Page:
I am doing a lot more writing these days. Blog posts, video scripts, working on a couple books, etc, etc. Along the way I experience what’s probably true for every writer. Sometimes thoughts flow quickly and smoothly. At other times it feels like crawling through the mud.
If you are a leader, you are in the communication business.
Whether you are putting words onto a page to be read by others or preparing a presentation, crafting your thoughts into a meaningful package—aka. the process of writing—does not come from winging it.
There is no secret that will ever make writing a snap. I expect there will always be days when every word is a chore. But, I recently reviewed a breakthrough I had a few years ago during a writing retreat. Maybe you might find this timely as well.
My Writing Process
The context for this breakthrough was a two-week writing retreat while I was working on a book. I was grinding. I was stuck. Concepts seemed to swim in chaos and words landed like lead balloons. Then one morning, I woke up with an "a-ha" that broke the log jam. I realized I have a specific process for writing that releases my best energies when I follow it. I also knew that when I don’t follow my own process—my situation on this retreat—I get stuck and can’t write my way out of the proverbial paper bag.
My process is not based on any research and to be honest, I don’t care. This is what works for me. And, I can't help but wonder if it might be helpful for you, too. The chart above lays it all out. You don't need to look for any hidden secrets or complex instructions. Everything is right there. Just follow it step by step.
So, in that spirit, I offer my self-directed memo on, "How not to be an idiot when writing."
MEMO TO MYSELF: WRITING
No matter what type of writing I am doing, don’t wing it! These steps of my process are how I work best, so trust them and follow them.
If I am Stuck, it is likely for one of these three reasons...
I am trying to write (step 5) when steps 1-4 are barely vague ideas.
Confession: You’d think I’d learn, but I make this mistake all the time. I get stoked on a big idea, convince myself I know what I want to say, and start writing without a roadmap. It's a guaranteed short cut for getting stuck in the mud.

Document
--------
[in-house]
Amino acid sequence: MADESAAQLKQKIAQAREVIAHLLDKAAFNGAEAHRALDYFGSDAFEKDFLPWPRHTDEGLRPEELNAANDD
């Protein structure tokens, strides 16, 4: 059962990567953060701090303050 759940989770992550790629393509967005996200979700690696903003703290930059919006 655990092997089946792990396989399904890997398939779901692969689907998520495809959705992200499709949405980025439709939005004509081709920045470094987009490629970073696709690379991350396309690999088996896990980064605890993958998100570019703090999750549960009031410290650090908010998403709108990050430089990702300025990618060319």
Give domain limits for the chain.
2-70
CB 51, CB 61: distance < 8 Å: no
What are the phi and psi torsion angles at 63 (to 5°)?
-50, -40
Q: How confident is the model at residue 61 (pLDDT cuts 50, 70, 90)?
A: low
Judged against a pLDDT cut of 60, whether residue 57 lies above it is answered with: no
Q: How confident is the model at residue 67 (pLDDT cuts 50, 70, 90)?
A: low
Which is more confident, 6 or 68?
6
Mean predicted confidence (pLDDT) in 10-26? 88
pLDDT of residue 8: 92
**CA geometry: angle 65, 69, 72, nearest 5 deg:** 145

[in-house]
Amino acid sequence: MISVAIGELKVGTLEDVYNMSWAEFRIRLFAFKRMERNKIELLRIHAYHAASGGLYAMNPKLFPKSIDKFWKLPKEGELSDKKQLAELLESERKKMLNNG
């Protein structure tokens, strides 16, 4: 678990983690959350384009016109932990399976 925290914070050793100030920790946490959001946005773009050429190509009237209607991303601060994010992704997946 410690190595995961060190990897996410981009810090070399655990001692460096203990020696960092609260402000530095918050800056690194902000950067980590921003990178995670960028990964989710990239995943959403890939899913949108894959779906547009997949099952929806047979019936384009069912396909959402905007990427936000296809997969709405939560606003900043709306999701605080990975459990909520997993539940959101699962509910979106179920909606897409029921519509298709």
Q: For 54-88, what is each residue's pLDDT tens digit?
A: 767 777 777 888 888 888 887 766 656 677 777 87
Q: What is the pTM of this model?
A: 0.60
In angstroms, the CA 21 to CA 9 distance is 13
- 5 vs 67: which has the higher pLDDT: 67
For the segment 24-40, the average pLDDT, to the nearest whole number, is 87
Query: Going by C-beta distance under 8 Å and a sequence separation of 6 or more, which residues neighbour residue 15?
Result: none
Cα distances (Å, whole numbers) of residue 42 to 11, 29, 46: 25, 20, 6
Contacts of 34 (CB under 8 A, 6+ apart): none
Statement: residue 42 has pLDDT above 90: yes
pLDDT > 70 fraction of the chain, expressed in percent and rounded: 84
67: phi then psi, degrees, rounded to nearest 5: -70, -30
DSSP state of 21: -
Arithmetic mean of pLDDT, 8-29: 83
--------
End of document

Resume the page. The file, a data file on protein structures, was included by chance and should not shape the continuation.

I am trying to edit while I’m writing.
I know better. This is such a textbook mistake. Writing is a creative act. Editing is an analytical one. When I write, I need to let ideas flow, let initial word choices suffice, and use place holders when I’m not sure what comes next. The moment I start to edit, writing comes to a halt.
I am rambling instead of driving toward tighter focus on the big idea.
Of necessity, writing is a solitary act that takes place on the fringe of deep weeds. In those weeds it is easy to lose my bearings. The one thing more than any other that helps me avoid getting sucked in is clarity about the problem I am writing to help people solve.
Still stuck? Get out of the box.
Sooner or later you will hit the wall with writers block or whatever stuckness feels like to you. When that happens, don’t freak out. Return to the process to see if you missed any steps. Then do something to mix things up.
Creativity and macro-level thinking happen best for me with pen and paper. I generally get fresh energy when I’m brainstorming with post-it notes or other analog tools. There is something about working with a keyboard and staring at the box in front of me that stifles my creative juices.
So, get away from the box. Get up and walk away from the computer. Go work offsite. Use different tools to help you think. Take a walk.
Your Turn: What is Your Process?
My writing process may or may not be helpful to you. So, build on it, change the sequence, add other steps, see what works for you. If you communicate with words very often, I dare you to figure out what your personal creative process looks like.
Give it a try and send me your comments.
How does this work for you?
What other things have you learned about your best writing process?